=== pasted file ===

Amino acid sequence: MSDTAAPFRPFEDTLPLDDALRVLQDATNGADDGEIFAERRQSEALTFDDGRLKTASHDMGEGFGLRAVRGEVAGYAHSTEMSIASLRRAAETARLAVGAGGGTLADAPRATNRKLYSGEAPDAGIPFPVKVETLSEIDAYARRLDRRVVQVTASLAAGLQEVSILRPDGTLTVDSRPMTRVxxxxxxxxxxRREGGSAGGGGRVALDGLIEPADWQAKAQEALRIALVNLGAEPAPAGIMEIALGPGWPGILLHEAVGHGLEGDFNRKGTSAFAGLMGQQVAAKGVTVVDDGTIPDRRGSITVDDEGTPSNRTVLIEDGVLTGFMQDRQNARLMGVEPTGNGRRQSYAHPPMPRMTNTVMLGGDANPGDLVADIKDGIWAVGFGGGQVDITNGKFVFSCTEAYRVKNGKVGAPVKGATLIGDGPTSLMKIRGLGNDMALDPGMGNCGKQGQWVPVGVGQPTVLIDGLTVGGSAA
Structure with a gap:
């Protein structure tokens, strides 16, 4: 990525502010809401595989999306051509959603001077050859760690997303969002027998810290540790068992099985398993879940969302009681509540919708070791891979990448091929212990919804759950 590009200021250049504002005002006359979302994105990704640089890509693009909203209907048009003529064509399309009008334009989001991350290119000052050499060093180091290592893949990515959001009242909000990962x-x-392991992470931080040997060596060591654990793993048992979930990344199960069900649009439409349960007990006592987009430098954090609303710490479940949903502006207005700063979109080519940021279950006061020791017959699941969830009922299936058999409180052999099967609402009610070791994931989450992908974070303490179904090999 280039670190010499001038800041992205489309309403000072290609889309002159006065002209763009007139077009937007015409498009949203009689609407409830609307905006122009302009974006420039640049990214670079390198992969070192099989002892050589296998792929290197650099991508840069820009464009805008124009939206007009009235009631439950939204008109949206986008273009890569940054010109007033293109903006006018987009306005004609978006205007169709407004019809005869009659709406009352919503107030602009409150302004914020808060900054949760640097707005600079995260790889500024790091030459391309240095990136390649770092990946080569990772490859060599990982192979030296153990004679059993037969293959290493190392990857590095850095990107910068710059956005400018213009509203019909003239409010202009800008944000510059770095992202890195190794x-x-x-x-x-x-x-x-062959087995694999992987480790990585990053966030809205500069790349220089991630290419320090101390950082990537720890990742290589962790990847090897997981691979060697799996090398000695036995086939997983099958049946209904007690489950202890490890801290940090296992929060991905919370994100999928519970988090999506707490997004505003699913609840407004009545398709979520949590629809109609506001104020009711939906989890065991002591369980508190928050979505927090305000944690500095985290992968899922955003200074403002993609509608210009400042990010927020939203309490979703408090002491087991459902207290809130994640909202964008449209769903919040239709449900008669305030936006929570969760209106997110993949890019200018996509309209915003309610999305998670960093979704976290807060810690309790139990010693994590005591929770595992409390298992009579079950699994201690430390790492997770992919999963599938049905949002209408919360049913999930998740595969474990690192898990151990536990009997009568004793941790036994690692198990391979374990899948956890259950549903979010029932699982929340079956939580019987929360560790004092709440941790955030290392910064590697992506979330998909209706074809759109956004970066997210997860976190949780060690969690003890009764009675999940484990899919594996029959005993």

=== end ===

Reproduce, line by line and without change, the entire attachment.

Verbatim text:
Amino acid sequence: MSDTAAPFRPFEDTLPLDDALRVLQDATNGADDGEIFAERRQSEALTFDDGRLKTASHDMGEGFGLRAVRGEVAGYAHSTEMSIASLRRAAETARLAVGAGGGTLADAPRATNRKLYSGEAPDAGIPFPVKVETLSEIDAYARRLDRRVVQVTASLAAGLQEVSILRPDGTLTVDSRPMTRVxxxxxxxxxxRREGGSAGGGGRVALDGLIEPADWQAKAQEALRIALVNLGAEPAPAGIMEIALGPGWPGILLHEAVGHGLEGDFNRKGTSAFAGLMGQQVAAKGVTVVDDGTIPDRRGSITVDDEGTPSNRTVLIEDGVLTGFMQDRQNARLMGVEPTGNGRRQSYAHPPMPRMTNTVMLGGDANPGDLVADIKDGIWAVGFGGGQVDITNGKFVFSCTEAYRVKNGKVGAPVKGATLIGDGPTSLMKIRGLGNDMALDPGMGNCGKQGQWVPVGVGQPTVLIDGLTVGGSAA
Structure with a gap:
């Protein structure tokens, strides 16, 4: 990525502010809401595989999306051509959603001077050859760690997303969002027998810290540790068992099985398993879940969302009681509540919708070791891979990448091929212990919804759950 590009200021250049504002005002006359979302994105990704640089890509693009909203209907048009003529064509399309009008334009989001991350290119000052050499060093180091290592893949990515959001009242909000990962x-x-392991992470931080040997060596060591654990793993048992979930990344199960069900649009439409349960007990006592987009430098954090609303710490479940949903502006207005700063979109080519940021279950006061020791017959699941969830009922299936058999409180052999099967609402009610070791994931989450992908974070303490179904090999 280039670190010499001038800041992205489309309403000072290609889309002159006065002209763009007139077009937007015409498009949203009689609407409830609307905006122009302009974006420039640049990214670079390198992969070192099989002892050589296998792929290197650099991508840069820009464009805008124009939206007009009235009631439950939204008109949206986008273009890569940054010109007033293109903006006018987009306005004609978006205007169709407004019809005869009659709406009352919503107030602009409150302004914020808060900054949760640097707005600079995260790889500024790091030459391309240095990136390649770092990946080569990772490859060599990982192979030296153990004679059993037969293959290493190392990857590095850095990107910068710059956005400018213009509203019909003239409010202009800008944000510059770095992202890195190794x-x-x-x-x-x-x-x-062959087995694999992987480790990585990053966030809205500069790349220089991630290419320090101390950082990537720890990742290589962790990847090897997981691979060697799996090398000695036995086939997983099958049946209904007690489950202890490890801290940090296992929060991905919370994100999928519970988090999506707490997004505003699913609840407004009545398709979520949590629809109609506001104020009711939906989890065991002591369980508190928050979505927090305000944690500095985290992968899922955003200074403002993609509608210009400042990010927020939203309490979703408090002491087991459902207290809130994640909202964008449209769903919040239709449900008669305030936006929570969760209106997110993949890019200018996509309209915003309610999305998670960093979704976290807060810690309790139990010693994590005591929770595992409390298992009579079950699994201690430390790492997770992919999963599938049905949002209408919360049913999930998740595969474990690192898990151990536990009997009568004793941790036994690692198990391979374990899948956890259950549903979010029932699982929340079956939580019987929360560790004092709440941790955030290392910064590697992506979330998909209706074809759109956004970066997210997860976190949780060690969690003890009764009675999940484990899919594996029959005993």